Zinc carbonate

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Zinc carbonate
Names
IUPAC name
Zinc carbonate
Other names
Smithsonite
Zinc monocarbonate
Zinc spar
Zincspar
Properties
ZnCO3
Molar mass 125.388 g/mol
Appearance White or multicolored (smithsonite)
Odor Odorless
Density 4.398 g/cm3 (20 °C)
Melting point 300 °C (572 °F; 573 K) (decomposes)
Boiling point Decomposes
0.001 g/100 ml (20 °C)
Solubility Reacts with acids
Insoluble in organic solvents
Vapor pressure ~0 mmHg
Hazards
Safety data sheet None
Flash point Non-flammable
Related compounds
Related compounds
Calcium carbonate
Except where otherwise noted, data are given for materials in their standard state (at 25 °C [77 °F], 100 kPa).
Infobox references

Zinc carbonate is a white, insoluble, zinc salt with chemical formula ZnCO3. With it, most simple zinc salts can be made by reaction with the corresponding proportions of sulfate.

Zinc carbonate occurs in nature as the mineral Smithsonite aka zinc spar.

Properties

Chemical properties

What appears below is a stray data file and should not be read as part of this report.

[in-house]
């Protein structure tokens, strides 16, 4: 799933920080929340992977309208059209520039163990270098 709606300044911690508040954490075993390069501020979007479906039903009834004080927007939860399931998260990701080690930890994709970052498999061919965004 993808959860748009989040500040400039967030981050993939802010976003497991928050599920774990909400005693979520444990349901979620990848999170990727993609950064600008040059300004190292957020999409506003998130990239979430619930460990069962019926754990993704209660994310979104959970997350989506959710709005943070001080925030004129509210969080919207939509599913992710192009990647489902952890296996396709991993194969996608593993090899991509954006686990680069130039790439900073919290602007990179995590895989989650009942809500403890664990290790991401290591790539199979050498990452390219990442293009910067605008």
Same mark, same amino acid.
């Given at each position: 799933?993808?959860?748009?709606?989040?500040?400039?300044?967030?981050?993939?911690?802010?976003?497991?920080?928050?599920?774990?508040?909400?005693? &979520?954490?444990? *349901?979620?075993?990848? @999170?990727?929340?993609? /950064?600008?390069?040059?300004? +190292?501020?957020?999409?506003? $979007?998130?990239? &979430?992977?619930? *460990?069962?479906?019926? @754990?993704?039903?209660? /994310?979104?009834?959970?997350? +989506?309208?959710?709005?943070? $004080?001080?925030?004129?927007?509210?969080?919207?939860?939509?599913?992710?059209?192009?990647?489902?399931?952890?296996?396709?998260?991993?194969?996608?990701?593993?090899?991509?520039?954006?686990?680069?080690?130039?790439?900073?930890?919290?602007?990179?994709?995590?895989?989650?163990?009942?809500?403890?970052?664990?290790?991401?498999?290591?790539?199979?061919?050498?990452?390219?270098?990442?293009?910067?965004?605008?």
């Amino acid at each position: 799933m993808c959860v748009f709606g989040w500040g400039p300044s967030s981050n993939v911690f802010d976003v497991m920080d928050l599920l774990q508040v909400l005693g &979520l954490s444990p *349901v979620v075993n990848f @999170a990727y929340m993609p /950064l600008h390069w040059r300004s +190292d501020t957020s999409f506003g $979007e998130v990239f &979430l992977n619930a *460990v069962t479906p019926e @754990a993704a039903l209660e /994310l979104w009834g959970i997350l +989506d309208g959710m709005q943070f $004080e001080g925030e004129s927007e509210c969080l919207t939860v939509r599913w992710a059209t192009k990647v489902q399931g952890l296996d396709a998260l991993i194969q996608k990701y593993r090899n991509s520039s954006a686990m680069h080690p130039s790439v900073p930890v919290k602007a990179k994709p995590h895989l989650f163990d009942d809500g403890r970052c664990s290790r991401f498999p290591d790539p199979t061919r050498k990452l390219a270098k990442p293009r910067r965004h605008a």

Zinc carbonate, like other carbonates, dissolves easily in acidic solution due to its basic nature, but is insoluble in water. This reaction gives off carbon dioxide. It will also dissolve in an excess of strong base to form zincates. Zinc carbonate can be thermally decomposed to form zinc oxide.

Physical

Zinc carbonate is a white compound. The natural variety contains impurities, giving it blue, pink or green coloring. ZnCO3 has a density of 4.398 g/cm3. At high temperatures it will begin to decompose. Zinc carbonate is insoluble in water.

Availability

Zinc carbonate can be purchased from chemical suppliers, such as Chemisphere Limited.

Preparation

Zinc carbonate can be made by reacting zinc acetate or any other water soluble zinc(II) salt with sodium carbonate or sodium bicarbonate. It can also be made by the reaction of zincates with carbon dioxide. The resulting precipitate can then be filtered and dried, then stored in an environment free of acidic vapors.

Uses

Zinc carbonate can be reacted with acids to form other zinc salts. It can also be used similarly to zinc oxide as a white pigment.

Handling

Safety

Zinc carbonate poses little toxicity to organisms and environment.

Storage

Zinc carbonate should be stored in closed containers, away from any acidic vapors.

Disposal

No special disposal is required. Zinc carbonate can be dumped in soil or trash, as long as it doesn't contain any heavy metals.

References

Relevant Sciencemadness threads